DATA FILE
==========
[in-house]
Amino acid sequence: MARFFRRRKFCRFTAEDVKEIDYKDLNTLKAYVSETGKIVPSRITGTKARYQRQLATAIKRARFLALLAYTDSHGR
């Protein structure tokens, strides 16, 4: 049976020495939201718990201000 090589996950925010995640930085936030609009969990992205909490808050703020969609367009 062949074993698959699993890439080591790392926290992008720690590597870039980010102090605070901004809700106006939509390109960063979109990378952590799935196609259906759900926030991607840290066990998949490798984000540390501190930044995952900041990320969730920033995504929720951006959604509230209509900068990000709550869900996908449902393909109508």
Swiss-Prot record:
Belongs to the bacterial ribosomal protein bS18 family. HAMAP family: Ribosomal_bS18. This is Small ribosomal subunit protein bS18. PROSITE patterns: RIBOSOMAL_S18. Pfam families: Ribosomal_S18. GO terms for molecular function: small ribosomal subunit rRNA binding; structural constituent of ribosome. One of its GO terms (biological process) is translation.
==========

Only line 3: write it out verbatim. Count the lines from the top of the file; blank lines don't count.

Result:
């Protein structure tokens, strides 16, 4: 049976020495939201718990201000 090589996950925010995640930085936030609009969990992205909490808050703020969609367009 062949074993698959699993890439080591790392926290992008720690590597870039980010102090605070901004809700106006939509390109960063979109990378952590799935196609259906759900926030991607840290066990998949490798984000540390501190930044995952900041990320969730920033995504929720951006959604509230209509900068990000709550869900996908449902393909109508």